Preparation and characterization of aliphatic/aromatic copolyesters based on 1,4-cyclohexanedicarboxylic acid

September 2006


46 Reads

A series of biodegradable aliphatic/aromatic copolyesters, poly(butylene terephthalate)-co-poly(butylene cyclohexanedicarboxylate)-b-poly(ethylene glycol) (PTCG), were prepared by a two-step melt polycondensation method and characterized by means of GPC, FTIR, NMR, DSC, TGA, etc. The effects of aliphatic ester content on the physical, mechanical and thermal properties, as well as in vitro and in vivo degradation behaviors were investigated. The decrease in mechanical strength was observed with an increase in poly(butylene cyclohexanedicarboxylate) (PBC) molar fraction. DSC results showed one melting point and two glass transition temperatures in all samples, and the melting temperature was found to go down gradually as more cyclohexanedicarboxylic acid (CHDA) was added. During the in vitro and in vivo degradation processes, erosion of the surface was dominant as evidenced by scanning electron microscopic observations. The copolyesters containing many CHDA units were featured by the higher water uptake and faster degradation due to much richer amorphous phase within them.

Analysis of the products formed during the photodegradation of poly(2,6-dimethyl-1,4-phenylene oxide) by various GC and HPLC techniques. Consequences for the mechanism of photodegradation

August 1999


5 Reads

In order to improve our understanding of the reactions occurring during the photodegradation of poly(2,6-dimethyl-1,4-phenylene oxide) we analyzed the formed products which were eluted from the irradiated solid polymer material by three different chromatographic techniques, namely GC/MS, HPLC/MS and HPLC in combination with a diode array detector. We found that there are only a few types of chromophores, like xanthones, lactones and benzoquinones which are responsible for the yellowing. These coloured species and several types of colourless species each appear in a series of homologous compounds differing by one monomeric unit. In most cases it is only one monomeric unit which is modified, e.g. by oxidation of the methyl groups. In combination with the results obtained by time-resolved experiments (Schneider S, Richter F, Brem B, 1998, Polym Degrad and Stab 1998;61:453) several new conclusions can be drawn with respect to the mechanism of photodegradation in this polymer. The by far, most important primary photochemical process is the cleavage of the hydroxyl end group of the polymer. Secondary reactions lead to the scission of a nearby ether bond thus giving rise to the formation of homologous series of photoproducts. Since a variation of the spectral composition of the photolysis light did not result in a different product distribution, we conclude that the most important primary photochemical reaction steps are independent of excitation wavelength.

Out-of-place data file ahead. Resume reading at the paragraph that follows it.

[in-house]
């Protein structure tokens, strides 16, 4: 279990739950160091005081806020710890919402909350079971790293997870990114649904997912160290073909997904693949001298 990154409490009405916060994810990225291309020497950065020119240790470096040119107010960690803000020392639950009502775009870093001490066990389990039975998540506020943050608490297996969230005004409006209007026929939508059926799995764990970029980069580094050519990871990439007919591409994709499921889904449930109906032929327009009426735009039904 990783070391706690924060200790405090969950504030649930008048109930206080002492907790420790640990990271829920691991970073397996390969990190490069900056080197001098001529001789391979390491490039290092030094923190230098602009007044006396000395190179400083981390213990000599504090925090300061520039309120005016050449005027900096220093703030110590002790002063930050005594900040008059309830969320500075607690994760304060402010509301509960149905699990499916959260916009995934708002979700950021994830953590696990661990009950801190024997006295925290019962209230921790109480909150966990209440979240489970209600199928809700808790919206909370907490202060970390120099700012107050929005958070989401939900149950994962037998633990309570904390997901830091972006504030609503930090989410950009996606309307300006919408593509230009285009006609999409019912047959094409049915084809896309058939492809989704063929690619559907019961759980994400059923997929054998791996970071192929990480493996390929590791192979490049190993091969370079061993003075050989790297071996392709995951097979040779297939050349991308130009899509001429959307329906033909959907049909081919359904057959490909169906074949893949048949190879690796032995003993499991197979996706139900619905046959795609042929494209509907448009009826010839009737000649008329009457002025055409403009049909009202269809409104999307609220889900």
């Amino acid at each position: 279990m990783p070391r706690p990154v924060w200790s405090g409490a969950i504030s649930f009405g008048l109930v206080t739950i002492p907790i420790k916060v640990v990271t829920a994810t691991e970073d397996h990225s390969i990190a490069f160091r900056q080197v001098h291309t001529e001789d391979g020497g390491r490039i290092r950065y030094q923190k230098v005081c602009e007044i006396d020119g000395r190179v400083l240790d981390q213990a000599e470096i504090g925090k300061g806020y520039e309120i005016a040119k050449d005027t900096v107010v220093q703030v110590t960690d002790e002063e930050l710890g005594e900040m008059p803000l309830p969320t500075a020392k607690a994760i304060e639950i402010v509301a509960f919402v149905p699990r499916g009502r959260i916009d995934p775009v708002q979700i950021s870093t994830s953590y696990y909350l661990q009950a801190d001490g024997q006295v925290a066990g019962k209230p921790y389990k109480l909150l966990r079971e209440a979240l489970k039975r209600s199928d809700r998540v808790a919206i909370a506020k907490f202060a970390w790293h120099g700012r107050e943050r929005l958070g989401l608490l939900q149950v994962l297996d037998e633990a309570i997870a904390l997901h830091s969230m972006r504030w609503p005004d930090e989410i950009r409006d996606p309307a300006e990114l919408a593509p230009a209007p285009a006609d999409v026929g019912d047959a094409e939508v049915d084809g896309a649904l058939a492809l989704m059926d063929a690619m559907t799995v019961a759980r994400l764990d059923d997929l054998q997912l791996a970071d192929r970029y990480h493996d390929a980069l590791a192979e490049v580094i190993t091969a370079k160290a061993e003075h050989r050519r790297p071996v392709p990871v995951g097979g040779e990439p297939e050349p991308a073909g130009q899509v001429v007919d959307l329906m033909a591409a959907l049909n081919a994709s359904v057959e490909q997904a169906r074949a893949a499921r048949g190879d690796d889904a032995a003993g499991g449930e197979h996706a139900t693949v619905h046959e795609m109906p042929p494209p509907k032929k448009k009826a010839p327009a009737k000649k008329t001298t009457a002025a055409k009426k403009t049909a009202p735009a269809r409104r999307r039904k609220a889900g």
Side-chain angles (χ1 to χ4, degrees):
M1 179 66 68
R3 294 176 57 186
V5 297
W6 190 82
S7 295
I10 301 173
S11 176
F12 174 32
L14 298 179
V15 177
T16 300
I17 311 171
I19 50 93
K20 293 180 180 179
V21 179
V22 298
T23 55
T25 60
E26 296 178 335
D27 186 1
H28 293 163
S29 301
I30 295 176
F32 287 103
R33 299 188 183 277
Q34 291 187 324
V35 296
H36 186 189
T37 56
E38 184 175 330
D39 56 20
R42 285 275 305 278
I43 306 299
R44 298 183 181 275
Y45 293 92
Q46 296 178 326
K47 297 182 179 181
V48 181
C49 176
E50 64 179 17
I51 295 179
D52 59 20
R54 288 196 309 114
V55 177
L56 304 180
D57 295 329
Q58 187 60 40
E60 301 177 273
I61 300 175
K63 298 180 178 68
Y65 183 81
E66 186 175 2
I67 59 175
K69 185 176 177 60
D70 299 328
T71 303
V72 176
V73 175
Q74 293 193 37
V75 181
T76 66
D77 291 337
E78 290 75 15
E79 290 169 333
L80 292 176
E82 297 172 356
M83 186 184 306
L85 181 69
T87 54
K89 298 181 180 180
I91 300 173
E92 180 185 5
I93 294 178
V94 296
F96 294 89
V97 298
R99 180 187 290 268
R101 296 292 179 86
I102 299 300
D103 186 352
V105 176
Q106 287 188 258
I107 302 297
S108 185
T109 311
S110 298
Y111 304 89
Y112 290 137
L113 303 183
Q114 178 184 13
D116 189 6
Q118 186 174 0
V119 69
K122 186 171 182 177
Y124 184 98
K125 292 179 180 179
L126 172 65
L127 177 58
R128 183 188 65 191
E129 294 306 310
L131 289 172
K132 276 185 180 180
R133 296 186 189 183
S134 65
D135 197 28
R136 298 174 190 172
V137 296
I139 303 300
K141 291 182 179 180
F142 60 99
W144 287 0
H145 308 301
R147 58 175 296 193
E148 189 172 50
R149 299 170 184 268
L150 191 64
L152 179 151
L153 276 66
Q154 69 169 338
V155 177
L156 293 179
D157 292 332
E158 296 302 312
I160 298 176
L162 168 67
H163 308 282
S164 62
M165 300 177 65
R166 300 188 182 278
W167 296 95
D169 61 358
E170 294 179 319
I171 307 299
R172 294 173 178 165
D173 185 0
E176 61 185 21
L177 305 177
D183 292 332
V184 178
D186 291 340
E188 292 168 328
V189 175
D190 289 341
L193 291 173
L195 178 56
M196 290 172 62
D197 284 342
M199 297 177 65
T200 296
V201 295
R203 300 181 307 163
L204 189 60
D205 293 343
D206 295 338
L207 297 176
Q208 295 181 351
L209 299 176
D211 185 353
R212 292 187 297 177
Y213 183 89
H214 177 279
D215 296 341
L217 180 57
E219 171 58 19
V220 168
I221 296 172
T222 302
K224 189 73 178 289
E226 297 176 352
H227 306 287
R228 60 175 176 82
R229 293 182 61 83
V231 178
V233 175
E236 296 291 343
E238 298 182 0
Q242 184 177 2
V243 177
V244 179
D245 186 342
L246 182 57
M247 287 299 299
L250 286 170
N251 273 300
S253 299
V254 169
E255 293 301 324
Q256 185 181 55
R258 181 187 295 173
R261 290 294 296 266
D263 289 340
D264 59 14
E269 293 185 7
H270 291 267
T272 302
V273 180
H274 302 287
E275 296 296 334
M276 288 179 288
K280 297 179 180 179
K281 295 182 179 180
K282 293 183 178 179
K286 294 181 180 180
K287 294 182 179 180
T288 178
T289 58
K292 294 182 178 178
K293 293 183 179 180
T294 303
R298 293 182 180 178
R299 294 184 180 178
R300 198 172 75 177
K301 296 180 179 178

Thermal decomposition of poly(1,4-dioxan-2-one)

December 2000


155 Reads

To evaluate the feasibility of poly(1,4-dioxan-2-one) (PPDO) as a feed stock recycling material, the pyrolysis kinetics of PPDO were investigated. The pyrolysis of PPDO exclusively resulted in the distillation of 1,4-dioxan-2-one (PDO). From thermogravimetric measurements conducted at different heating rates, the kinetic parameters of the pyrolysis: activation energy, Ea=127 kJ mol−1; order of reaction, n=0; and pre-exponential factor, A=2.3×109 s−1, were estimated by plural analytical methods. The estimates show that the decomposition of PPDO proceeds by unzipping depolymerization as main reaction and random degradation process with lower Ea and A values. Equivalent isothermal degradation curves calculated from the thermogravimetric curves were supported by experimental isothermal degradation data. The calculation that PPDO is converted smoothly into PDO at 270°C agrees with the reported ceiling temperature of PPDO.

Enzymatic degradation and morphologies of binary blends of microbial poly(3-hydroxy butyrate) with poly(ε-caprolactone), poly(1,4-butylene adipate and poly(vinyl acetate)

December 1992


42 Reads